In recent engagements, vulnerability assessments and penetration tests performed by TraceSecurity have revealed that the BREACH Attack is on the rise for improperly configured web applications. This compression side-channel attack feeds off the presence of HTTP-level compression, reflected user data in HTTP response bodies (such as a URL), and exposed secrets such as personally identifiable information [PII], Cross-Site Request Forgery (CSRF) Token, sensitive data, etc. This article will cover what a BREACH attack is, how BREACH is used for unethical gain, what is needed for this attack to be successful, and what your organization can do to protect itself from this attack.

What is BREACH?

The first question that must be answered is, what is BREACH? BREACH, discovered in September of 2012, is an attack that gains information about cleartext data from the cryptographic algorithm used in HTTP-level compression, also known as a compression side-channel attack. In short, this attack looks at the behavior of the HTTP compression algorithm to gain information about the data that was encrypted.

An Easy Exploit

This begs the question; how can an attacker use the BREACH attack for unethical gain? A malicious actor may utilize this attack to gain credentials of a legitimate user to impersonate said user on an affected web application. In fact, says, “The BREACH attack can be exploited with just a few thousand requests, and can be executed in under a minute.” shows that this attack is practical, and for an experienced malicious actor, this would be a simple vulnerability to exploit. Once this hacker has legitimate credentials, they may access any part of the web application that the real user is able to. That includes revealing and changing personal information (address, SSN, etc.), changing passwords, and in special circumstances, this attack could be strung together with other vulnerabilities to escalate user privileges.

Critical Signs

With the implications of this attack in mind, how can you tell if you are vulnerable? There are three critical signs that a web application is vulnerable to a BREACH attack, all of which must be present simultaneously. The first question to ask is, do you have HTTP-level compression enabled? You can identify if your web application is using HTTP level compression by checking the “Accept-Encoding:” field under HTTP-Response Headers for “gzip/deflate”. An image below illustrates this issue:

The second question is, does your web application reflect user data in HTTP responses? The clearest way to check for this is to look at the URL of your webpage. Does it contain data that is also found in the HTTP response? This is best illustrated by the below image taken from Rafael Palacios et al.’s paper, “HTB: A Very Effective Method to Protect Web Servers Against BREACH Attack to HTTPS.”

In this case, the image shows the reflection of the session token both in the HTTP response and the URL for the affected web page.

The third and final question to answer is, does your web application show a secret such as PII, CSRF Token, or sensitive data? This is the final piece to a BREACH vulnerable web application. This is also best illustrated by the below image sourced from Rafael Palacios, et al’s paper, “HTB: A Very Effective Method..."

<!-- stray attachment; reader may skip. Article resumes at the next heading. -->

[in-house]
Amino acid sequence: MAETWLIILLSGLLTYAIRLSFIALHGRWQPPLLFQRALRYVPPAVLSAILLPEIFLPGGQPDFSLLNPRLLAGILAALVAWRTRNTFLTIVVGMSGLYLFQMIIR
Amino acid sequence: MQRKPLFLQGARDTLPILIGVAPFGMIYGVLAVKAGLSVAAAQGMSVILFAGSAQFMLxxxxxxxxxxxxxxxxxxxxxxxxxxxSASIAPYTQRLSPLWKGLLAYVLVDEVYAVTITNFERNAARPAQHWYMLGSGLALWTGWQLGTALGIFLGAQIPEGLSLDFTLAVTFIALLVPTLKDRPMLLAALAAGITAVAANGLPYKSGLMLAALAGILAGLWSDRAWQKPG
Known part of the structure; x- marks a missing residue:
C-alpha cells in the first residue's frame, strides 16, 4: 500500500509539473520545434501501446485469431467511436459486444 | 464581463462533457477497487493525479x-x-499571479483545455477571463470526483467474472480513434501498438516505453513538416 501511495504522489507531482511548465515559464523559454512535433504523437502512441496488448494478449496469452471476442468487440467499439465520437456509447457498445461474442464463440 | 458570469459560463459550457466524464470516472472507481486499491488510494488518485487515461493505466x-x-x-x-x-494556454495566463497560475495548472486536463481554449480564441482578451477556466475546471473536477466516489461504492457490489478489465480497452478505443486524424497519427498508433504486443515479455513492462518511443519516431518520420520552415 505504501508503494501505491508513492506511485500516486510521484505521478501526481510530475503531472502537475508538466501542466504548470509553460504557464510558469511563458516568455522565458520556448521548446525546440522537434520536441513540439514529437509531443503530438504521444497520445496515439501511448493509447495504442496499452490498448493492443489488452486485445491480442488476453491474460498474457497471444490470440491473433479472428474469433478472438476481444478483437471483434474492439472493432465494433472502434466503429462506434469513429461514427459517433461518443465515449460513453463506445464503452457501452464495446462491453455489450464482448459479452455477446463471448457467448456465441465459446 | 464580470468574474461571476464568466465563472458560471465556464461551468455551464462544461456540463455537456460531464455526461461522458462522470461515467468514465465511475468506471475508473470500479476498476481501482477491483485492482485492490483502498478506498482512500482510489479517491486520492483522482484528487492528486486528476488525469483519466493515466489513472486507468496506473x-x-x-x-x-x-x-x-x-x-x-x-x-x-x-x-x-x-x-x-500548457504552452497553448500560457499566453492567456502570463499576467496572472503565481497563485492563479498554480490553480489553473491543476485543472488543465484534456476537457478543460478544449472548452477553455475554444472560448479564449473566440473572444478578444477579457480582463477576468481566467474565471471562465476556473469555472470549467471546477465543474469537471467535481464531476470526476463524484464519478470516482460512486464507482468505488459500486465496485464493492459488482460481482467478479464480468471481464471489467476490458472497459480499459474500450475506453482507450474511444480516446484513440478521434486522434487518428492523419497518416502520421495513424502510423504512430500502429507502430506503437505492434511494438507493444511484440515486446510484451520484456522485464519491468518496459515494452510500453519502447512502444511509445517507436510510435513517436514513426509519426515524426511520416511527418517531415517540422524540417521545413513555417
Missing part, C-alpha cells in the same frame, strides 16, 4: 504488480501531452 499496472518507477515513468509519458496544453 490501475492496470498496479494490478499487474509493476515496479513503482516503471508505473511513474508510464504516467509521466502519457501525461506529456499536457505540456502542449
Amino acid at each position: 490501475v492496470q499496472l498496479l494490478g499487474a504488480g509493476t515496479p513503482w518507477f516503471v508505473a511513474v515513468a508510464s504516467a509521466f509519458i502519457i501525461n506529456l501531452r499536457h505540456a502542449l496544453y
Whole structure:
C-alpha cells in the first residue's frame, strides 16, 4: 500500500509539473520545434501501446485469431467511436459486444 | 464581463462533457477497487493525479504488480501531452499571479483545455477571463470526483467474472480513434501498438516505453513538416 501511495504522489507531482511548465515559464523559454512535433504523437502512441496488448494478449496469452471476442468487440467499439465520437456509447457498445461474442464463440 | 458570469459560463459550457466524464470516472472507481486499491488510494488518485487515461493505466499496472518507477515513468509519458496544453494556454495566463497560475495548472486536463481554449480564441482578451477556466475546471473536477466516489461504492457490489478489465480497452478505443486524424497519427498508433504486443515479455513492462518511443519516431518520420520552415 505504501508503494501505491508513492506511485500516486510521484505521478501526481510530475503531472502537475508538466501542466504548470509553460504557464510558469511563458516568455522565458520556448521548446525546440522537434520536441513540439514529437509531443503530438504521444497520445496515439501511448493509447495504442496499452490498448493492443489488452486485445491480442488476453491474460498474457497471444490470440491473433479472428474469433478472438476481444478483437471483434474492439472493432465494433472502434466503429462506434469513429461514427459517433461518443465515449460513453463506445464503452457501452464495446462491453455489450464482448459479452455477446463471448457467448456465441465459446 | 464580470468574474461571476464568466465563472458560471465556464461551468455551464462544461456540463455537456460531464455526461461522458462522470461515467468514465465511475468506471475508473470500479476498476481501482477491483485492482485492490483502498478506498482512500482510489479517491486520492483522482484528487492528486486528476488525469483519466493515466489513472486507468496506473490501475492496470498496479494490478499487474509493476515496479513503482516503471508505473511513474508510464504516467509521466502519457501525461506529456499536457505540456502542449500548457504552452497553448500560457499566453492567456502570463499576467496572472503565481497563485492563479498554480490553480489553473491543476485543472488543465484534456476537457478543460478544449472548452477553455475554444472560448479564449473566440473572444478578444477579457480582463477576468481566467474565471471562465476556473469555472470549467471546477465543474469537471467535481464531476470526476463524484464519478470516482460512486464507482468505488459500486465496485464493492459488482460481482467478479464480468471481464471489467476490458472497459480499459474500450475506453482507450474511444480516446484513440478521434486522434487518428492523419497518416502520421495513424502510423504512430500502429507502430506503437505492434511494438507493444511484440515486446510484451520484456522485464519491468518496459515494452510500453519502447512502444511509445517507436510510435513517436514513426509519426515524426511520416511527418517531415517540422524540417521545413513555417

The highlighted sections show a CSRF token that can be used as the last piece in this attack.

How To Avoid

Now that the exploitation of the attack is understood, how can an organization prevent this attack from occurring? According to, “A very effective mitigation is HTB (Heal-the-BREACH) that modifies the server-side gzip compression library to add randomness to the size of the response content.” This makes the method of guessing the characters of the aforementioned secret more complex as the response from the HTTP compression algorithm is randomized with each request. This will effectively make the attacker’s easiest route of exploitation much more difficult if not impossible. The other methods of mitigation are as follows: Disable HTTP Compression, Separating secrets from user input, Randomizing secrets per request, Masking secrets (via the use of XOR), Protecting vulnerable pages with CSRF, Length hiding, and/or Rate-limiting HTTP requests.

TraceSecurity recommends annual penetration testing and vulnerability assessments to help identify vulnerable web applications. Some organizations may be vulnerable to an exploit like this and never know. That is why frequent testing is imperative to the well-being of any safe and successful organization.


By Justin Brose, Information Security Analyst

Justin started at TraceSecurity as a part of the Associate Information Security Analyst Team where he focused on external penetration tests and vulnerability assessments, as well as remote social engineering. Since being promoted to a full-time ISA, he has taken on more intense penetration testing projects for both internal and external networks. Justin graduated from Louisiana State University with a Bachelor of Science in Information Systems and Decision Science and has earned certifications in eJPT, CompTIA Security+, AWS Cloud Practitioner, and SAFe Scrum Master.